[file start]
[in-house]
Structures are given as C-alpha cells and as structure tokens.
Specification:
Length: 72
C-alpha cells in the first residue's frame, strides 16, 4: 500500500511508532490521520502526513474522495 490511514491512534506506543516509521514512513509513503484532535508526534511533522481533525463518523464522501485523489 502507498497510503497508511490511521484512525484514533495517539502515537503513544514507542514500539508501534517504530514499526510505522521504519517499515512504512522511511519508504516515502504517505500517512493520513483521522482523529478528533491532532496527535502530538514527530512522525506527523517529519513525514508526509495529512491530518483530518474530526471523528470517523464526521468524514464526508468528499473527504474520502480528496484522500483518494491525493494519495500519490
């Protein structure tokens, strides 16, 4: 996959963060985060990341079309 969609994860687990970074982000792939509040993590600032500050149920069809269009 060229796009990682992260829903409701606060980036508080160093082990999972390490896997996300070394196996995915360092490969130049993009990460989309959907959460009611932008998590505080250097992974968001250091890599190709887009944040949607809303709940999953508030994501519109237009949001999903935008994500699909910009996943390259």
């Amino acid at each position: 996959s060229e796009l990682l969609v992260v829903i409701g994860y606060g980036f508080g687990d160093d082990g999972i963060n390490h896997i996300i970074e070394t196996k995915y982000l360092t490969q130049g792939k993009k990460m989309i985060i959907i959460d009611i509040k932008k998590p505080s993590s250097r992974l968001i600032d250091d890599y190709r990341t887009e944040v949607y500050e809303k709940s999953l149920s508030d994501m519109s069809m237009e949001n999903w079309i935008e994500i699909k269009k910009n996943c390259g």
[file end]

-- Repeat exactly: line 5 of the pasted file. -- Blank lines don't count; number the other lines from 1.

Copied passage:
C-alpha cells in the first residue's frame, strides 16, 4: 500500500511508532490521520502526513474522495 490511514491512534506506543516509521514512513509513503484532535508526534511533522481533525463518523464522501485523489 502507498497510503497508511490511521484512525484514533495517539502515537503513544514507542514500539508501534517504530514499526510505522521504519517499515512504512522511511519508504516515502504517505500517512493520513483521522482523529478528533491532532496527535502530538514527530512522525506527523517529519513525514508526509495529512491530518483530518474530526471523528470517523464526521468524514464526508468528499473527504474520502480528496484522500483518494491525493494519495500519490